Skepticism towards the president often signals a healthy republic. But there comes a point when mechanical opposition stops being about the law and starts being about the man himself. At that moment, what we risk is not an imperial presidency but an impotent one.
President Donald Trump made the decision yesterday to reissue an executive order, which temporarily halts immigration from a small group of terror-prone countries. As with its predecessor, the order takes careful steps to minimize its impact on innocent parties. Only this time, federal officers have clearer instructions on how to avoid overbroad enforcement, which is where the first order noticeably struggled.
Absent that confusion, the argument against the executive order’s legality falls apart.
The president issued the executive order in direct response to an ongoing weakness in the refugee vetting process.
FBI Director James Comey explained back in October 2015, that background checks of citizens from failed states represented a unique challenge because “there are certain gaps ... in the data available to us.” The same conditions that forced refugees to flee also prevent the government from accessing local databases to crosscheck a refugee’s identity.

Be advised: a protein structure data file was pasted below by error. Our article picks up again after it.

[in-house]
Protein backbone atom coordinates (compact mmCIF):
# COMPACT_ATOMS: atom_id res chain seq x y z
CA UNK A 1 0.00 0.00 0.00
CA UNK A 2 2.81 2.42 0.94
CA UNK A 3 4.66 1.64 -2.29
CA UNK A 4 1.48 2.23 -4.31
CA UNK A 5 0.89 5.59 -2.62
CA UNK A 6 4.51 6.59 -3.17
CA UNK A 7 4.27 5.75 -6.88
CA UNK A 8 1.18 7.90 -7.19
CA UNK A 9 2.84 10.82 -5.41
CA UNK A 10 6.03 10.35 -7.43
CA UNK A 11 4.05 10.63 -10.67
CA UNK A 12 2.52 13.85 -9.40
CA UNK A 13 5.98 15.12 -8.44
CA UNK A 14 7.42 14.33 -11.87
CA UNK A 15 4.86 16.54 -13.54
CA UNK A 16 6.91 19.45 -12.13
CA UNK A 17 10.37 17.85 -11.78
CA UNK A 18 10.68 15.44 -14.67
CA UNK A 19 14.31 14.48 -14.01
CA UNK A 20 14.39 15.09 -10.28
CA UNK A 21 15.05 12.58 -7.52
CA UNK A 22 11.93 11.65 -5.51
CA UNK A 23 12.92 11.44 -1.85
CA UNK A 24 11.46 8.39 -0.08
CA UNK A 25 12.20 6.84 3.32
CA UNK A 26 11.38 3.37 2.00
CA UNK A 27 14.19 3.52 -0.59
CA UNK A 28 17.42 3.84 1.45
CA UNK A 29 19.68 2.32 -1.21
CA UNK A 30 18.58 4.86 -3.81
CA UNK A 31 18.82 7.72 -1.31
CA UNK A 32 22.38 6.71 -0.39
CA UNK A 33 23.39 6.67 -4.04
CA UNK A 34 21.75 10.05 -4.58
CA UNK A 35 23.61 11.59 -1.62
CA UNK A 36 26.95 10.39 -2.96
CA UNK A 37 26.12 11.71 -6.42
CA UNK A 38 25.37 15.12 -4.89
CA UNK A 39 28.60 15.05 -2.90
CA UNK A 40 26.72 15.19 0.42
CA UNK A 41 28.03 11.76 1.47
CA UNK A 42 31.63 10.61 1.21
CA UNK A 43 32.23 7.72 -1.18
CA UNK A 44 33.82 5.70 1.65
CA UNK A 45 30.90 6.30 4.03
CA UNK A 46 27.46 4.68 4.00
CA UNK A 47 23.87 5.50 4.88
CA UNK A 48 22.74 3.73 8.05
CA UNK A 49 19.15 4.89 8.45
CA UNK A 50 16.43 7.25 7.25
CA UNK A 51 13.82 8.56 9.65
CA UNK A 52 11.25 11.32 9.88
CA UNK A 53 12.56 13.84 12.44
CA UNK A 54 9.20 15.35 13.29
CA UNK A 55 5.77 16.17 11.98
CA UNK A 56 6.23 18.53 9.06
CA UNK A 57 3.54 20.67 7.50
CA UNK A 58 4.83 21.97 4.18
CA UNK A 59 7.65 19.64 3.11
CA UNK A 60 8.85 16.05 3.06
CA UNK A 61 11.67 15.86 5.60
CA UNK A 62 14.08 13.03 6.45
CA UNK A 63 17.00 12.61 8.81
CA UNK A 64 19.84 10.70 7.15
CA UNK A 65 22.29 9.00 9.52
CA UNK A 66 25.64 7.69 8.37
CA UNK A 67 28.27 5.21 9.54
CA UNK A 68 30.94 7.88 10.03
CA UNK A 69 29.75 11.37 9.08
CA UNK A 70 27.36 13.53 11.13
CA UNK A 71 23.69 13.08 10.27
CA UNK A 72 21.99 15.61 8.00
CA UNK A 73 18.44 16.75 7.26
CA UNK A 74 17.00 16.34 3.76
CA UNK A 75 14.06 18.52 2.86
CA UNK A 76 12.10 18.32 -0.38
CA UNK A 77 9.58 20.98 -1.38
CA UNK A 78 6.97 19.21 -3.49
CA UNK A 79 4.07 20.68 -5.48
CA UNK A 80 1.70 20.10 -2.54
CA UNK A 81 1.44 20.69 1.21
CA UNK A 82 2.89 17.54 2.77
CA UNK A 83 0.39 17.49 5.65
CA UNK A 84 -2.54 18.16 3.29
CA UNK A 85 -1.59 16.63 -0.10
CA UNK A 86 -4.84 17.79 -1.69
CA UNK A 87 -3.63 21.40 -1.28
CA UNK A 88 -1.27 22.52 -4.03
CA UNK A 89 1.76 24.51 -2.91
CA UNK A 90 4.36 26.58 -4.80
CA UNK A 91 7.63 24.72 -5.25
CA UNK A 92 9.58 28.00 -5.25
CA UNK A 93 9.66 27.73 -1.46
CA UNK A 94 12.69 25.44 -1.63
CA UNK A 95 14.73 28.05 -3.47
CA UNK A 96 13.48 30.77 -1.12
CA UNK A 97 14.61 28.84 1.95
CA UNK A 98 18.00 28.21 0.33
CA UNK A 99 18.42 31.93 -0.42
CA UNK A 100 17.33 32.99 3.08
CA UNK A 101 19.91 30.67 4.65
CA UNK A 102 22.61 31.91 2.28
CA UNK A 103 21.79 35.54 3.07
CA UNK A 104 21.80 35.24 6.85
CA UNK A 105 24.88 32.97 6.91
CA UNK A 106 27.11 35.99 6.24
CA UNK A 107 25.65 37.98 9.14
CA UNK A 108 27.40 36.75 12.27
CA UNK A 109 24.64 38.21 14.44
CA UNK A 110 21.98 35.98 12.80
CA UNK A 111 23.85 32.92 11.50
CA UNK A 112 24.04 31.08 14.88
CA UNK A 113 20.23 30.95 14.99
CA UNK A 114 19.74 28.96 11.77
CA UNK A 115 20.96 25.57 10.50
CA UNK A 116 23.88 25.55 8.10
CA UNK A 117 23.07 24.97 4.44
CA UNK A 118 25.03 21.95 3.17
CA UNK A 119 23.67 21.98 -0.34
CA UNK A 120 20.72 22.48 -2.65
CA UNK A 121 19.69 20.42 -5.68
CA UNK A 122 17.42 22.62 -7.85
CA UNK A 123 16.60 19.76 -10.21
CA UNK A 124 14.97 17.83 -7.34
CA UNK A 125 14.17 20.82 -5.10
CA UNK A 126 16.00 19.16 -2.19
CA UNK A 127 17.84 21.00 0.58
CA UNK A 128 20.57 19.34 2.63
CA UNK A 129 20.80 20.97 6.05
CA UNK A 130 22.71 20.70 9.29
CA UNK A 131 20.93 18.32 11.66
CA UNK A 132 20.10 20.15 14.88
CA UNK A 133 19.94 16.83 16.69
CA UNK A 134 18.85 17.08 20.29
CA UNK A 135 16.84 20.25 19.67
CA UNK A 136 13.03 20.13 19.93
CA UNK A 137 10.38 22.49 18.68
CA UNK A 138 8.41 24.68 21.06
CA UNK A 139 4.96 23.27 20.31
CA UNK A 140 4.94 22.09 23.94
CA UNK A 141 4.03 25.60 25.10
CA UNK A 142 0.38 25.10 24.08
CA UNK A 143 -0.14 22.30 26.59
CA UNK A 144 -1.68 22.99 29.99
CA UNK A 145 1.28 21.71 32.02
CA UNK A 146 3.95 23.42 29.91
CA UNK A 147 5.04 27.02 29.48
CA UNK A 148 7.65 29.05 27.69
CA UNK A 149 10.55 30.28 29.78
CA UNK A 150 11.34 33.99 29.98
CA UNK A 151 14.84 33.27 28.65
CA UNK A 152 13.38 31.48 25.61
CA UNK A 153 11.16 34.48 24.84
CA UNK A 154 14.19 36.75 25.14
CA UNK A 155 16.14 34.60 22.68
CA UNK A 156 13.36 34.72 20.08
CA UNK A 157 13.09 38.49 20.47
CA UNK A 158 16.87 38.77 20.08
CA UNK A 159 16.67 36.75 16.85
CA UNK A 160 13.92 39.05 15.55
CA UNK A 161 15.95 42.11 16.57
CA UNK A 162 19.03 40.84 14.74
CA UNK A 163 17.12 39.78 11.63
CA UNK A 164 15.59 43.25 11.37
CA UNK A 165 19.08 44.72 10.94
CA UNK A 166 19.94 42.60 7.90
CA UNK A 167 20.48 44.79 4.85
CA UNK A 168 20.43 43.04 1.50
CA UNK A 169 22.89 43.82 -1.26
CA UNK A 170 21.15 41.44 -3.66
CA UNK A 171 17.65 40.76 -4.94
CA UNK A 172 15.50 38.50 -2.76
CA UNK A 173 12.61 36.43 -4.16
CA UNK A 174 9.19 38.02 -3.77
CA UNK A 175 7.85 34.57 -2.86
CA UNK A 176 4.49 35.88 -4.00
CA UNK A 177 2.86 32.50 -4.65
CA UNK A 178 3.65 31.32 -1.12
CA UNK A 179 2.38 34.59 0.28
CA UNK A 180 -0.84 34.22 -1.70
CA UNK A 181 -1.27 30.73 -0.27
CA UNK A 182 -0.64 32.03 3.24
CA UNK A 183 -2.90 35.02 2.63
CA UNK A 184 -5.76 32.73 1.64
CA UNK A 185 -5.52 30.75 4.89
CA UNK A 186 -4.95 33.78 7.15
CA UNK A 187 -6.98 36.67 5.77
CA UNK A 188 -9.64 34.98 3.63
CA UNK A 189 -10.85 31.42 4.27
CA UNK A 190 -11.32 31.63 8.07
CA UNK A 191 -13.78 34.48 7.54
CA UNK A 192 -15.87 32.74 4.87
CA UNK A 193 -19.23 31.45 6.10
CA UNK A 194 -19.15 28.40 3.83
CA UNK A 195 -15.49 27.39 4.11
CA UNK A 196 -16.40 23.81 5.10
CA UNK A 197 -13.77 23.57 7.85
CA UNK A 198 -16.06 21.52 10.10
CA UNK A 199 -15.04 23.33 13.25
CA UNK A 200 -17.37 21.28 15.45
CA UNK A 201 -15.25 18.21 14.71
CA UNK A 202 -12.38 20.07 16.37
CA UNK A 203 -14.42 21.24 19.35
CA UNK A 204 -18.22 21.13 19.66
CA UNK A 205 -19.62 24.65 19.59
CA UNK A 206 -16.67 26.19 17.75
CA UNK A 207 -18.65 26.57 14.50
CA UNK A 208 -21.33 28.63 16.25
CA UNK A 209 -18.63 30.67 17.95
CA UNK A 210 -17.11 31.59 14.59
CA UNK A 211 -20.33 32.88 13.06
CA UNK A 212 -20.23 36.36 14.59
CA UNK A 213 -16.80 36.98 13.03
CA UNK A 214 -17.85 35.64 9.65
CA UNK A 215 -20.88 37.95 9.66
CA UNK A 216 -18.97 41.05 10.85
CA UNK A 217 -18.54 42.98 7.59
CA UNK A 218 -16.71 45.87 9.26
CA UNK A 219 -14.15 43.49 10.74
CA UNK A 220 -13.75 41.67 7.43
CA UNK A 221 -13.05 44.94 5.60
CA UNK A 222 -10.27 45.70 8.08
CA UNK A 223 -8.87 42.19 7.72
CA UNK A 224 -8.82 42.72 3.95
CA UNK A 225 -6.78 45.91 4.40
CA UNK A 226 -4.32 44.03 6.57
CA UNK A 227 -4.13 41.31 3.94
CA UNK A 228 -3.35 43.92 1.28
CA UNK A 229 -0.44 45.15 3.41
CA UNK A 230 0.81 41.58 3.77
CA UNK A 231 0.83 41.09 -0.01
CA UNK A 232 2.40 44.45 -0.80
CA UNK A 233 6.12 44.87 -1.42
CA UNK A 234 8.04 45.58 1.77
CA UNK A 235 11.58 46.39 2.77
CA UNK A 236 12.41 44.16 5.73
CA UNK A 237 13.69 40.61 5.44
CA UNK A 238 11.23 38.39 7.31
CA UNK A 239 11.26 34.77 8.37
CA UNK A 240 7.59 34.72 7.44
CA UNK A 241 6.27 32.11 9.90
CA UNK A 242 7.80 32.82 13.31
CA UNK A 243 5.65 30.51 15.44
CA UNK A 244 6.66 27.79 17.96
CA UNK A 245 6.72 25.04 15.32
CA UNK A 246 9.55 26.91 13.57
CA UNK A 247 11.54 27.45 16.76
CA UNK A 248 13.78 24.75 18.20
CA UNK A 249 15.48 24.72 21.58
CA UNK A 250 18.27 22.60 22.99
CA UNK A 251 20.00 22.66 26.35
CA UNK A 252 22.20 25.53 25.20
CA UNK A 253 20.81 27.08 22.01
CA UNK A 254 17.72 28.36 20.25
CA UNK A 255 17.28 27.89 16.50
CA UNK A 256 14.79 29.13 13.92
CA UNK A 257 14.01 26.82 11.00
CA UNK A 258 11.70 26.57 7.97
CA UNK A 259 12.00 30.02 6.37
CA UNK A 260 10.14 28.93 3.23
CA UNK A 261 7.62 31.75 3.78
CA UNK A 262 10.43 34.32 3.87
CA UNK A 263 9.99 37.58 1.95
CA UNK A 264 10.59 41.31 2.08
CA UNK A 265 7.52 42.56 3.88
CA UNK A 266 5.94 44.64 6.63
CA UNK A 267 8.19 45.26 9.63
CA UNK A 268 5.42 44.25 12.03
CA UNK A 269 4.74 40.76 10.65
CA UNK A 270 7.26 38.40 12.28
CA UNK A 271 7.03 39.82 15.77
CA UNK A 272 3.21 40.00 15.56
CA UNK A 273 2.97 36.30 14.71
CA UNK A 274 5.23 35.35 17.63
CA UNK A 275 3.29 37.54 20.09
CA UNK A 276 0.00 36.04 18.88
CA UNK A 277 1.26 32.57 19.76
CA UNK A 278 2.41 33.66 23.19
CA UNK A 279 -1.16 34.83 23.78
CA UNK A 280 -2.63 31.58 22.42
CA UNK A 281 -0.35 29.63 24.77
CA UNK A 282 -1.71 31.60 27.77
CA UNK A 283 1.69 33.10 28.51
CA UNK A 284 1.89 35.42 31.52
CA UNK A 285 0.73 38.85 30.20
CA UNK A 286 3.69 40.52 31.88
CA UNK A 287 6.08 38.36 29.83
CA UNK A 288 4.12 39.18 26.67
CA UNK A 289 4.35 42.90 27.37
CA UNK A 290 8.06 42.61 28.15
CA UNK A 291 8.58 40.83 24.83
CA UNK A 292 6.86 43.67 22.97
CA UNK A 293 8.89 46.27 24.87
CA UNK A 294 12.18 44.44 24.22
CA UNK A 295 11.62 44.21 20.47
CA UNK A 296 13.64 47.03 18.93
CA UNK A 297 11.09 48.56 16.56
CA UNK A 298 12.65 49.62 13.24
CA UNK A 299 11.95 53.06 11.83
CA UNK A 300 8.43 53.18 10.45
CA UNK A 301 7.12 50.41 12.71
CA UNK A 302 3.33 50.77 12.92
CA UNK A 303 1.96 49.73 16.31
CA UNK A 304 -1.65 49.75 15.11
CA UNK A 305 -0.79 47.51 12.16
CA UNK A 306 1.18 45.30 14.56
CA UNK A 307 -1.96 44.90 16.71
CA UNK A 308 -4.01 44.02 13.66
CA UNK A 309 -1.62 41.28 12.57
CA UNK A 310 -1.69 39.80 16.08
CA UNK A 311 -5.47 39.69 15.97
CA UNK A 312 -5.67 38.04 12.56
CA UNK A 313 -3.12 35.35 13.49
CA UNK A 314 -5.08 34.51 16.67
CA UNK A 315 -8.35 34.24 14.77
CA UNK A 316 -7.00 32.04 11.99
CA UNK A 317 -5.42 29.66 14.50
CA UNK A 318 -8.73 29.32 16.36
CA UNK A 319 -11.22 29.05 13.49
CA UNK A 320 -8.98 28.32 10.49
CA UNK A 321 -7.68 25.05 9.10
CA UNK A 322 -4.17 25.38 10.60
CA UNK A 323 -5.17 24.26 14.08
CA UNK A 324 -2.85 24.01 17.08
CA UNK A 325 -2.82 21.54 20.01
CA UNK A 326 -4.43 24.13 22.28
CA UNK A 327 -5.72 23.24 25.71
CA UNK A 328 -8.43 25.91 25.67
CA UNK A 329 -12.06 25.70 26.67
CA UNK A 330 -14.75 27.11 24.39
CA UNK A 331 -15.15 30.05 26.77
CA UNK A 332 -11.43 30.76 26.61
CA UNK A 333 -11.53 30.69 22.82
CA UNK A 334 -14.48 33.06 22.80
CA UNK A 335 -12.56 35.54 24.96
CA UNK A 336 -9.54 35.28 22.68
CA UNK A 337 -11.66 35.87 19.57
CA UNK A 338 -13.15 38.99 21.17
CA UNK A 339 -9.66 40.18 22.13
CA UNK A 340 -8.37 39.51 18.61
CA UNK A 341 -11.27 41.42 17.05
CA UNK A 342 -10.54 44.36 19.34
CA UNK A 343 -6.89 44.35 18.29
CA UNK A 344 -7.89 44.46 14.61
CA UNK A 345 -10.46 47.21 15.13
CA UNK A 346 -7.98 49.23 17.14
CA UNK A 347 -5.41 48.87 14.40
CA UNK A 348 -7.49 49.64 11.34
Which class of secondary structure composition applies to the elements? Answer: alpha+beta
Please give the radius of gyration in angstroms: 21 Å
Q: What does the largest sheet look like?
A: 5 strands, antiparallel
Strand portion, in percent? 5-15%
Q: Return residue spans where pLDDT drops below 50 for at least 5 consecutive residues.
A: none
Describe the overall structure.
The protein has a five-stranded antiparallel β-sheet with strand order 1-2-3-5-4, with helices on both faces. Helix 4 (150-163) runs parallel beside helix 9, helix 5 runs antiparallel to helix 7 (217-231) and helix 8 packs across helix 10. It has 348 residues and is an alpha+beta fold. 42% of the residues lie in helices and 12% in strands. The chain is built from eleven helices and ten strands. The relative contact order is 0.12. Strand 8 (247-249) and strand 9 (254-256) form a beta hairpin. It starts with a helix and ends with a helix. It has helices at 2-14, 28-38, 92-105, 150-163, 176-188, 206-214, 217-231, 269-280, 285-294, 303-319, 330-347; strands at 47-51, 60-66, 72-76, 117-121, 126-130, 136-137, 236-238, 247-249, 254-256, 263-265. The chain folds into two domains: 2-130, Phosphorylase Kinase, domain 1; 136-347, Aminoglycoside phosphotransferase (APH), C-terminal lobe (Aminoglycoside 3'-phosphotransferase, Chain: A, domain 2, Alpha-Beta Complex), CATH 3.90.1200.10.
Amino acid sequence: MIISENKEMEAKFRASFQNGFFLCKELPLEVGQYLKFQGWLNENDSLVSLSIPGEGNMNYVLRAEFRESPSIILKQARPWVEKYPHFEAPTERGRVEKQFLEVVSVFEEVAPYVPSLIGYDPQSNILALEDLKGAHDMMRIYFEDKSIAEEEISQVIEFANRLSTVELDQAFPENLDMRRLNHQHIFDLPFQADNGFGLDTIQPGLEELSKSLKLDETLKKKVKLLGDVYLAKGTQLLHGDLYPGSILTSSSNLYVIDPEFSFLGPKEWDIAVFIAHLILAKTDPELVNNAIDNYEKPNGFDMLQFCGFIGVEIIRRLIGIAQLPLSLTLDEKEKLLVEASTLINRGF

Under such conditions, the president has the power—no, the responsibility—to take reasonable steps to secure the border. This includes briefly shutting off the spigot until the security leak is sealed.
What’s more, President Trump acted with the weight of Congress behind him. The Immigration and Nationality Act states in express terms that the president has broad discretion to determine whether a non-citizen’s entry “would be detrimental” and then impose “any restrictions he may deem to be appropriate.”
The U.S. Supreme Court has acknowledged that when the president acts in concert with Congress, his power, and the deference his judgment is owed, is at its zenith.
There is no magic formula that will screen for terrorists while side-stepping each and every guiltless migrant. There is only a man, who is doing his best to defend the country with the tools the Constitution gives him—if only we would let him do his job.